Julie Hart Beers (1835-1913)
- Julie Hart Beers (1835-1913)
- Summer Woodlands
- Oil on paper mounted to board
- 11 ¾ x 7 ¾ inches
- Signed lower right
A native of Pittsfield, Massachusetts, Julie Hart Beers was one of few female Hudson River School artists. She was the younger sister of accomplished landscape painters James and William MacDougal Hart, who provided her with guidance and encouragement as she honed her remarkable talent. Indeed, without the support of her brothers, the many obstacles facing women artists at the time may have proved too difficult to overcome. For example, America’s most prestigious art academies did not admit female students, and Victorian etiquette prevented women from engaging in life drawing—a fundamental component of artistic education. Female artists were also excluded from the prominent art clubs, which allowed their male counterparts to secure patrons. And of course, women’s domestic duties interfered with their artistic aspirations, a conflict which did not set back male artists. Finally, in the realm of landscape painting, women were restricted by their customary mode of dress: corsets, bustles, long skirts, trains, and heels made it difficult to move freely through natural settings in pursuit of the perfect vantage point.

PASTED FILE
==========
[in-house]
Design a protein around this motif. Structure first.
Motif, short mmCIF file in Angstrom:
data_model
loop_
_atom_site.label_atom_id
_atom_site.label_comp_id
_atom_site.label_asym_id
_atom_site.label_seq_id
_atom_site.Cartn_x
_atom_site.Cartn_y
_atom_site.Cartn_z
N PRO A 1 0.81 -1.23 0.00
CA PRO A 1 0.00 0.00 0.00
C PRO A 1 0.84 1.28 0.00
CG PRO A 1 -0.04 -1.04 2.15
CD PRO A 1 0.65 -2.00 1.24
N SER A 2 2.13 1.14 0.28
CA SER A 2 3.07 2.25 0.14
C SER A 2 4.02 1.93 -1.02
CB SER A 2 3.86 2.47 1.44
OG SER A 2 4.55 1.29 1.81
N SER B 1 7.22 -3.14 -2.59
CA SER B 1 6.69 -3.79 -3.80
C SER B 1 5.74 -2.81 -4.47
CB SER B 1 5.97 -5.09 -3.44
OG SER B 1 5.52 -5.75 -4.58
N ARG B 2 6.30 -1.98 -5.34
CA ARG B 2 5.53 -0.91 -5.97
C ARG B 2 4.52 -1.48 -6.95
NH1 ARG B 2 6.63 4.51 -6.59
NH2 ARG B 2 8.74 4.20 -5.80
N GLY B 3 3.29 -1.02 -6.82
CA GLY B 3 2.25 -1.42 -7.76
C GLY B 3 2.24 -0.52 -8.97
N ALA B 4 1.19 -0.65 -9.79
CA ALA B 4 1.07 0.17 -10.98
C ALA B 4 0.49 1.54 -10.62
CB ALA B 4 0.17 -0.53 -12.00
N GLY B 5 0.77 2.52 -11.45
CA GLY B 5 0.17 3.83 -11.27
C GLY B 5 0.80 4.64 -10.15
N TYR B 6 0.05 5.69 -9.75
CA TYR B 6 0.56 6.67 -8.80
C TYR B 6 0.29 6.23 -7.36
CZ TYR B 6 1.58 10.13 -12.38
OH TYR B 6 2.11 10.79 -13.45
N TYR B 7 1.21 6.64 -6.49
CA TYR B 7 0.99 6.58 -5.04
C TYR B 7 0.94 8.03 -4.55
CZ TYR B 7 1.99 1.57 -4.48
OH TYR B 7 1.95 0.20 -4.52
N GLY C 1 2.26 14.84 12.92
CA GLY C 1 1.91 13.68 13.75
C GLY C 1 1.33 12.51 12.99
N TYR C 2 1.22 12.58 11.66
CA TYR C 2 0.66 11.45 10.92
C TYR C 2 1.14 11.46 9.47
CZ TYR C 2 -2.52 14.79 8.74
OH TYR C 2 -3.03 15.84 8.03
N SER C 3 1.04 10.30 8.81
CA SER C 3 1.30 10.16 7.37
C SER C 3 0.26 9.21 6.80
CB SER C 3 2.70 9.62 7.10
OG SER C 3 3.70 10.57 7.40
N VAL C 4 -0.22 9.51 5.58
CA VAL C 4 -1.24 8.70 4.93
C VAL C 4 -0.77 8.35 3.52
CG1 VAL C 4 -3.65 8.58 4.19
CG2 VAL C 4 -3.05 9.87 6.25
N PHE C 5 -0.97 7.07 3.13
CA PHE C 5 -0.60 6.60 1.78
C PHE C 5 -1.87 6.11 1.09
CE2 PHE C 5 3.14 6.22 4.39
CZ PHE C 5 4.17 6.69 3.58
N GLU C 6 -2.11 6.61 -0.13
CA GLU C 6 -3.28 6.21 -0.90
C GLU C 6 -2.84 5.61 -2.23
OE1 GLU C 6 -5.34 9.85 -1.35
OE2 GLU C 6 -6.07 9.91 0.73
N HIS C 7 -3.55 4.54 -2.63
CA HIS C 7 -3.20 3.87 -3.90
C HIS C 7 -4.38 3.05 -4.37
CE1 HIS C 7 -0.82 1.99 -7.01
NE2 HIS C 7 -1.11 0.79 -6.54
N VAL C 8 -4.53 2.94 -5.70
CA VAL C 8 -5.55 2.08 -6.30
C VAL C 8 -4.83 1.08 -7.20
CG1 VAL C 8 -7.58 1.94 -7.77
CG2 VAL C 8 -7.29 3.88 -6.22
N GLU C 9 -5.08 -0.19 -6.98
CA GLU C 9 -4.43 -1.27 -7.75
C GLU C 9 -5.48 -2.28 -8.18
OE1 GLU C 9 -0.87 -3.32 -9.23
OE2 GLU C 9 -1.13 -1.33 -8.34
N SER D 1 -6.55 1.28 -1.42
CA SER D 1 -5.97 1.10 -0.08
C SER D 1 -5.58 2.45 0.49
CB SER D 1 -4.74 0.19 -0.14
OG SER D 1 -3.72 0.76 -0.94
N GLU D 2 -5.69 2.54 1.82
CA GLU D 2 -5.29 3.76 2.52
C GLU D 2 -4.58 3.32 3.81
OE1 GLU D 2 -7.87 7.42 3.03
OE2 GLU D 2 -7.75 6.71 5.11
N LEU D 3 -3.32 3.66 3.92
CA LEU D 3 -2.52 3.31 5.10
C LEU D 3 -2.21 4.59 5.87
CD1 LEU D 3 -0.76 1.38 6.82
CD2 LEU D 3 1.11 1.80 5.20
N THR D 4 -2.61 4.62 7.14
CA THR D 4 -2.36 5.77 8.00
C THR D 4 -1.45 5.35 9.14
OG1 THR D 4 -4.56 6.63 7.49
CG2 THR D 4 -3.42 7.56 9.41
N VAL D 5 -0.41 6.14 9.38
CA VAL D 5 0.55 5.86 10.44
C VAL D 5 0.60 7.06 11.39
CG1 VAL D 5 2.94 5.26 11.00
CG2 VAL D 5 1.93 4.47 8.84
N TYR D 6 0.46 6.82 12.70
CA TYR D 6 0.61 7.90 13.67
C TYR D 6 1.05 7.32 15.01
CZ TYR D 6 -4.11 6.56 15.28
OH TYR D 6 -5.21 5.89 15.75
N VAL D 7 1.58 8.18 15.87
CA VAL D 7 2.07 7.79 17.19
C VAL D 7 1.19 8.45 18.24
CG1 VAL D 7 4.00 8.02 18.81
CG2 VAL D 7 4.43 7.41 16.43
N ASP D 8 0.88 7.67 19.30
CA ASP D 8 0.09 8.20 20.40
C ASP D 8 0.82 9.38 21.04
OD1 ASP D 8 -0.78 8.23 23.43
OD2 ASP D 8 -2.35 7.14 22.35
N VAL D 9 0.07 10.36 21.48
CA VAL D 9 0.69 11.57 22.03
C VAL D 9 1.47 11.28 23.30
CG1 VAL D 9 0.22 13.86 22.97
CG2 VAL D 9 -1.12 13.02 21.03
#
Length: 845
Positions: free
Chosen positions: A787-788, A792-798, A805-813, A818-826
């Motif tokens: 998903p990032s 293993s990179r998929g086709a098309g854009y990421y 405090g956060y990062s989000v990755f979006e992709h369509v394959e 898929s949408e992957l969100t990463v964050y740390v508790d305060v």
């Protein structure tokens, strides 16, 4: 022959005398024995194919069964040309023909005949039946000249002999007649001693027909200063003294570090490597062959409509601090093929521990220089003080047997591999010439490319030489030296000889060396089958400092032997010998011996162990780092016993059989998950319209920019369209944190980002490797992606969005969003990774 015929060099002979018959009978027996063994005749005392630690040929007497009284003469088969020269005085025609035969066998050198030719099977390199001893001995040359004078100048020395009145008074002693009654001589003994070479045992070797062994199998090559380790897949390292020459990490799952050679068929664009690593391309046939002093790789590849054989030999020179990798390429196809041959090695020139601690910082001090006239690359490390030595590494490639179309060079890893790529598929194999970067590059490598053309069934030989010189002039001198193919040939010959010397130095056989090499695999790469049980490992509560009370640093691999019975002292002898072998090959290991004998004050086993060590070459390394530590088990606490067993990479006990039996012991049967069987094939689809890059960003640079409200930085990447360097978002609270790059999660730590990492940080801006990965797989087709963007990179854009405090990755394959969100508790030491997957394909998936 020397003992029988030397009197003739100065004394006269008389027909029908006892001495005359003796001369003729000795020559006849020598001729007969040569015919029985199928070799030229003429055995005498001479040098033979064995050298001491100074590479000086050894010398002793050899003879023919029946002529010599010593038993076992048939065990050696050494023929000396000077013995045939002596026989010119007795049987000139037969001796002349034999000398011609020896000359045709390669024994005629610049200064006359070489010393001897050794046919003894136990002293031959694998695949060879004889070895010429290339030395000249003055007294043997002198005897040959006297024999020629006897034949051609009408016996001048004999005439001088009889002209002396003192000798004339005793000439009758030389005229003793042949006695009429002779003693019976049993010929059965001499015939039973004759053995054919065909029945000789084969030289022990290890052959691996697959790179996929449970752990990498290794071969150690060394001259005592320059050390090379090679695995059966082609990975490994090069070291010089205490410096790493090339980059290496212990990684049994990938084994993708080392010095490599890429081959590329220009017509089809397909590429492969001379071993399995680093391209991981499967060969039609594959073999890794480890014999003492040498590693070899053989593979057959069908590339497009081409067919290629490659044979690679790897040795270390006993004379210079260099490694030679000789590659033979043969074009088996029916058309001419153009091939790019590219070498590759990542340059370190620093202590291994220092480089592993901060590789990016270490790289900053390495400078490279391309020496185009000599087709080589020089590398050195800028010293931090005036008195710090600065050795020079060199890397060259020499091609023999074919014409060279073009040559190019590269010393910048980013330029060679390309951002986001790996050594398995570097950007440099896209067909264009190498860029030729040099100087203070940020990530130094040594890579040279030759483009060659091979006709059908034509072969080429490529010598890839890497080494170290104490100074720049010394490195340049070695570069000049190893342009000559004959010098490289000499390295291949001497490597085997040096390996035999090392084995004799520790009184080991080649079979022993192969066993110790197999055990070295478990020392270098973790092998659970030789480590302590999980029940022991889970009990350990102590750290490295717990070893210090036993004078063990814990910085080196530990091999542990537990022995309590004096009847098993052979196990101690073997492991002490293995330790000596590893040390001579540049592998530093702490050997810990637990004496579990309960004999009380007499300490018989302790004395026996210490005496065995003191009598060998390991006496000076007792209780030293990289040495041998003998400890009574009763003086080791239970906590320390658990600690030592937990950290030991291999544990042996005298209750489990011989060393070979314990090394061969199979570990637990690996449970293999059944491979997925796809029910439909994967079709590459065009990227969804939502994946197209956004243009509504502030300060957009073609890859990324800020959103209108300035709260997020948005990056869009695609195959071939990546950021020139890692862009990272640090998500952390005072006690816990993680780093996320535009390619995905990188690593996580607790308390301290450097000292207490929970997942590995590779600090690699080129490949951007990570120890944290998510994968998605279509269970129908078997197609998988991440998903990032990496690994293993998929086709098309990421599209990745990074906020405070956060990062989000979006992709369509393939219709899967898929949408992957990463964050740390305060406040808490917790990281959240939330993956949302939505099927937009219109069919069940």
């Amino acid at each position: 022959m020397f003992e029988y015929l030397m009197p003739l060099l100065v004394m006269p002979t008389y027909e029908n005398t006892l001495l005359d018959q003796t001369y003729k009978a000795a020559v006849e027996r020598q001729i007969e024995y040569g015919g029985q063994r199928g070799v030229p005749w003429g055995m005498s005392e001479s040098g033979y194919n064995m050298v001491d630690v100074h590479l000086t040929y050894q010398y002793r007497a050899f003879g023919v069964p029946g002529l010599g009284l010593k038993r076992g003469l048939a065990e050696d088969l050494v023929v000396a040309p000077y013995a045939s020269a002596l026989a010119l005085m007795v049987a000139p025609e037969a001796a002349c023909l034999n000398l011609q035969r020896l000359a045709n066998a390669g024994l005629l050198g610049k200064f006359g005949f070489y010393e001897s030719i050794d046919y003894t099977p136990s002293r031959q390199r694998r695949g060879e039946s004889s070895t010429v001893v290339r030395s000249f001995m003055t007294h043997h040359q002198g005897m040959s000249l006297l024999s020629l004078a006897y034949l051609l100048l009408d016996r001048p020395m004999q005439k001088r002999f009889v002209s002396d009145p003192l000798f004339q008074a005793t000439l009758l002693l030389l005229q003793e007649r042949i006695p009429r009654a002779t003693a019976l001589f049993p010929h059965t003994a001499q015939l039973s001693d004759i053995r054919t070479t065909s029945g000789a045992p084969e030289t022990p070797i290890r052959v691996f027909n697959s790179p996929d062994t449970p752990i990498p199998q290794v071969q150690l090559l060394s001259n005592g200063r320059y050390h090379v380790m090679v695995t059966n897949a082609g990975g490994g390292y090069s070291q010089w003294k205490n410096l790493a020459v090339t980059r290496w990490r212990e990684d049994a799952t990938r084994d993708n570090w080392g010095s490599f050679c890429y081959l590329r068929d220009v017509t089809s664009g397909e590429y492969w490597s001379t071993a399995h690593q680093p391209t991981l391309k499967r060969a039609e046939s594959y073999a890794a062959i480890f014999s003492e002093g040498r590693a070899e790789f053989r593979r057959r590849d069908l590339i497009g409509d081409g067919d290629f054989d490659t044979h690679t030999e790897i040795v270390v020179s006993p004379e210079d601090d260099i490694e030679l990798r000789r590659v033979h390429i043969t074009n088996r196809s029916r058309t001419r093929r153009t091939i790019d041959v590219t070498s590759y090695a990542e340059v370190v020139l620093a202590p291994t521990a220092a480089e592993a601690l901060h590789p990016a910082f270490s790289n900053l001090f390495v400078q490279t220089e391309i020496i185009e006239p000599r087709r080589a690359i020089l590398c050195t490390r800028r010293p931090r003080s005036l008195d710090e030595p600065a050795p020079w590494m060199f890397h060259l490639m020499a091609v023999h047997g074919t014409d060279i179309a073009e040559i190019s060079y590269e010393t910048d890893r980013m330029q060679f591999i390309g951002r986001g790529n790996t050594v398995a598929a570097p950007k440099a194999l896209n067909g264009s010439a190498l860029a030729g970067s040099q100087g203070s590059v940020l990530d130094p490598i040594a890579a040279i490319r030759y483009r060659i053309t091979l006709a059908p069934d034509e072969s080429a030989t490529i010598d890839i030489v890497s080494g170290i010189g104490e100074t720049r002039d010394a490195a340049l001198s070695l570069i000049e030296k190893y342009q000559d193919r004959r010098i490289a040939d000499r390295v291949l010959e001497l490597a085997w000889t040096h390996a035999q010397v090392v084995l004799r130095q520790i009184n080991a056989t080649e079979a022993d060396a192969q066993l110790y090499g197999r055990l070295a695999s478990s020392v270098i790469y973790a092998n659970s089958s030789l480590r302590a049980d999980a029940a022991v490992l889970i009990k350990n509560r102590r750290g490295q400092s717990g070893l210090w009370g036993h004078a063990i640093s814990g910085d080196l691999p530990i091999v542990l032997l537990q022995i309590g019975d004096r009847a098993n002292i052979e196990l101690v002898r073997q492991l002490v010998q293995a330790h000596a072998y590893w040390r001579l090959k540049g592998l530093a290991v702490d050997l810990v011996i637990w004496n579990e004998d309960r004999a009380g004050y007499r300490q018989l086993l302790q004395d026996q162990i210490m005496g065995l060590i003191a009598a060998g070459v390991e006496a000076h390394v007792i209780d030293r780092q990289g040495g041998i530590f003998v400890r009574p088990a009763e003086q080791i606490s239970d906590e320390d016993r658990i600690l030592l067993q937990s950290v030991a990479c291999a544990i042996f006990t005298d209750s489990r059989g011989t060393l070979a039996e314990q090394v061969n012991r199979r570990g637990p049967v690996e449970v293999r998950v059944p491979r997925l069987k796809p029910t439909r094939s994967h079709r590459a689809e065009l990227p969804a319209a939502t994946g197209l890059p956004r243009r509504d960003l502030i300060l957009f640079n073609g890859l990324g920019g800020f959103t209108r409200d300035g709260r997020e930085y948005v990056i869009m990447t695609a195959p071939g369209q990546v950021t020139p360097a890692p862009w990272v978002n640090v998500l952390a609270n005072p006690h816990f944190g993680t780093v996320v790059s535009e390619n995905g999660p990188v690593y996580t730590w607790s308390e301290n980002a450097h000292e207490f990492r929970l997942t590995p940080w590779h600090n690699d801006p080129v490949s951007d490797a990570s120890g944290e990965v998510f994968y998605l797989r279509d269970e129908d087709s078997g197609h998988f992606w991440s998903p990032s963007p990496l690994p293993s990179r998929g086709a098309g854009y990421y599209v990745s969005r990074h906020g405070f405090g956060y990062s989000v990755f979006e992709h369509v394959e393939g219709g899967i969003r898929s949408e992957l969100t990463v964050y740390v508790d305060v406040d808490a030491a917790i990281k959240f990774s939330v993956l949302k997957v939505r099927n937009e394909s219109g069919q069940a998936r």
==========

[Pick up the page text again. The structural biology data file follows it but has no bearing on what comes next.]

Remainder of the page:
In spite of such inequities, Beers went on to become a successful artist and was even able to independently support herself and her two daughters after the death of her husband, supplementing proceeds from the sale of her artworks with income earned by leading sketching trips in Vermont and the Adirondacks. She exhibited at all the major venues in the Northeast, including the Brooklyn Art Association, the National Academy of Design, the Boston Athenaeum, and the Philadelphia Academy of Fine Arts. Today, Beers’ paintings are in the collections of the Allentown Memorial Art Museum at Oberlin College and the Newark Museum, as well as in numerous private collections.